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2014 Suzuki DL1000A
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Discussion Starter · #1 ·
I'm on Long Island, New York and its starting to get into the 30s overnight. The previous owner of my 2014 VEE (I bought her this past summer) kept my baby in a heated garage. I let my last moto get the worst of winter. I'm determined to do better this time. I've been searching for a winter garage I can afford, but its been slow going, so I started some winterization maintenance. It started out good and then downhill from there.

I got a can of "Water Displacement 40th formula" and treated all the metal parts. I knew WD-40 on the rotors and calipers was a bad idea. But just like beer goggles, thinking about my moto parked outside in freezing temps, I just went ahead and did it anyway. So, yeah. I did that.

Now, a week later I'm moving the bike to a new spot for winter, and surprise! Pulling the brake lever, I got none of the normal travel. I roll to a stop like I have drum brakes.

If a bottle of WD-40 made the problem, maybe if spray some 3M High Power Brake Cleaner degreaser I will magically fix the problem.
Despite reading the warning this product might discolor plastic, I go for it and the overspray leaves a mark.
The lever is still different, and the brakes don't bite like they did before. But now my plastic faring has an overspray scar! GRRR!

At this point I'm guessing my brake pads are shot, so I bought a new set (Partzilla $250).

My question, is there anything else I should plan to frack up? or buy soon after this WD-40 $#!T storm?
And if I'm paying $250 for new pads, should I resurface my rotors?

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My experience of WD40 is mixed. I've had rubber seals & components either swell or disintegrate, so my advice is don't use it. I've had better results with a product called FS365 which is also hydrocarbon based but doesn't appear to deteriorate rubber parts and is water washable when you want to remove it.
The brake discs will clean up with brake cleaner fluid but I suspect the pads will not be recoverable but you could try immersing them in the brake cleaner fluid and then washing them with detergent.
 

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I would clean pads with brakemen & lightly scuff them up with EMORY CLOTH,NOT SAND PAPER.RINSE WITH BRAKLEEN. Same with rotors.There is a reason O.E.M. PADS last longer ,& feel good longer; they are made for YOUR BIKE.
OR IF YOU WANT TO TRY THIS,& have nothing to lose(in a controlled place),ride around ,dragging brakes to burn off WD40. Leave time to cool them down— coasting.Nothing to lose; except a few dollars!,
 

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I would clean pads with brakemen & lightly scuff them up with EMORY CLOTH,NOT SAND PAPER.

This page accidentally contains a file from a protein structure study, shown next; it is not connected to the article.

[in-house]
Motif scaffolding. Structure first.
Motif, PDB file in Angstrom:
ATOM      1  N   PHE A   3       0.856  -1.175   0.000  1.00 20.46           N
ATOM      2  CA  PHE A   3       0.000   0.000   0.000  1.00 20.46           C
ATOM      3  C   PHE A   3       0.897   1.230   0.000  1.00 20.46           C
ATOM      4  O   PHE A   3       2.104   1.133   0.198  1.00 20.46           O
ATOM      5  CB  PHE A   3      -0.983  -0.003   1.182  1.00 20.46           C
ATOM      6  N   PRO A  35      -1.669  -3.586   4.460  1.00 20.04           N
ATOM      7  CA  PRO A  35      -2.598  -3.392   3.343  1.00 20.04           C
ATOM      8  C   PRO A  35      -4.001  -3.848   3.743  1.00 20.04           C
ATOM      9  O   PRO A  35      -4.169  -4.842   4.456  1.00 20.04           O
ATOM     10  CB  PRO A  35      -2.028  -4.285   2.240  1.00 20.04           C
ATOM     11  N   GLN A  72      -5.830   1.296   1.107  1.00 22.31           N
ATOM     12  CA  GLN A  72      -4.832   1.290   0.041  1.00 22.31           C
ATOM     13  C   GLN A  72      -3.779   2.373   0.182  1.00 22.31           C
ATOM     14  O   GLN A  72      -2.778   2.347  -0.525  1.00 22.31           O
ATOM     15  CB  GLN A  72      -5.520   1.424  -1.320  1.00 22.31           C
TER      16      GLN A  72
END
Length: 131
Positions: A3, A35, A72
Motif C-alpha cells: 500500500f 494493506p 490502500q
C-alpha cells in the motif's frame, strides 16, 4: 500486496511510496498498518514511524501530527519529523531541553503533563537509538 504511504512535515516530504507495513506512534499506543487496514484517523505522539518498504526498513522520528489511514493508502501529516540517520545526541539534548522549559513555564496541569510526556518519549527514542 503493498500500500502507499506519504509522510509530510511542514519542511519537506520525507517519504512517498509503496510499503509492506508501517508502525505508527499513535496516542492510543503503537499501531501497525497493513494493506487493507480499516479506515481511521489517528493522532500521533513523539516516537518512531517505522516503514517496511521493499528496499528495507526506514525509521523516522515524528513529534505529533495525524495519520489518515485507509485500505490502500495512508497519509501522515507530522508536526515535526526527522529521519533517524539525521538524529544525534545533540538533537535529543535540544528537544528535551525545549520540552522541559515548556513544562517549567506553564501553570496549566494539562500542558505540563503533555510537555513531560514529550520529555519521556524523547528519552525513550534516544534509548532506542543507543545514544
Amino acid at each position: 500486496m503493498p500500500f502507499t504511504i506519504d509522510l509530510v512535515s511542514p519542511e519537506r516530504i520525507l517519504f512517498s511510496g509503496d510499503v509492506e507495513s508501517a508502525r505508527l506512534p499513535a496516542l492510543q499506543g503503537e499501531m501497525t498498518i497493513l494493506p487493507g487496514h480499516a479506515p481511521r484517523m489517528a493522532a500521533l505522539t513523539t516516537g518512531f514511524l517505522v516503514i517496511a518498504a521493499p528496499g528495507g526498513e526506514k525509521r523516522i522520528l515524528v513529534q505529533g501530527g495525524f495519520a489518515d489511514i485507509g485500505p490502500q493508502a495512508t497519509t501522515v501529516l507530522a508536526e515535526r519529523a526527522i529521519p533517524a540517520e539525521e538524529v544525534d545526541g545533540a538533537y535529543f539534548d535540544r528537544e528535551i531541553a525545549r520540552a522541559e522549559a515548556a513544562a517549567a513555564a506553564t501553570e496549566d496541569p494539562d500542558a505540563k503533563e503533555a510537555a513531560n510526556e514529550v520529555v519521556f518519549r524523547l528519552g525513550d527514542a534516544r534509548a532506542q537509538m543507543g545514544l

There's no guarantee that aftermarket brake pads (which, given that you're not the original owner, you may have, unless you know otherwise) do not contain asbestos. Many are still in the pipeline. OEM pads probably do not. Either way, I would not sand them.

These are safety-critical parts. I would just replace the pads, and clean the rotors with brake cleaner.
 

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2012 DL650A
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There's no guarantee that aftermarket brake pads (which, given that you're not the original owner, you may have, unless you know otherwise) do not contain asbestos. Many are still in the pipeline. OEM pads probably do not. Either way, I would not sand them.

These are safety-critical parts. I would just replace the pads, and clean the rotors with brake cleaner.
How would asbestos in brakes pads be a problem? I don't feel like I inhale enough brake dust for it to cause health issues.
 

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How would asbestos in brakes pads be a problem? I don't feel like I inhale enough brake dust for it to cause health issues.
There is no safe level of asbestos when inhaled. You defintely do not want to be sanding it.

I'm sure you won't find asbestos in OEM pads anymore, but there used to be lots of them made that way, and cheap imports may still be, especially old stock.
 

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What I really wanna know, though, is why the OEM pads for the liter bike are so much more expensive than the pads for the Wee? Like, 50% more expensive.
 

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Bork
verb (used with object)
to cause to malfunction, especially computer hardware or software:Installing updates in the wrong order will bork all of your saved games.The fonts are borked when the site is accessed from a mobile device.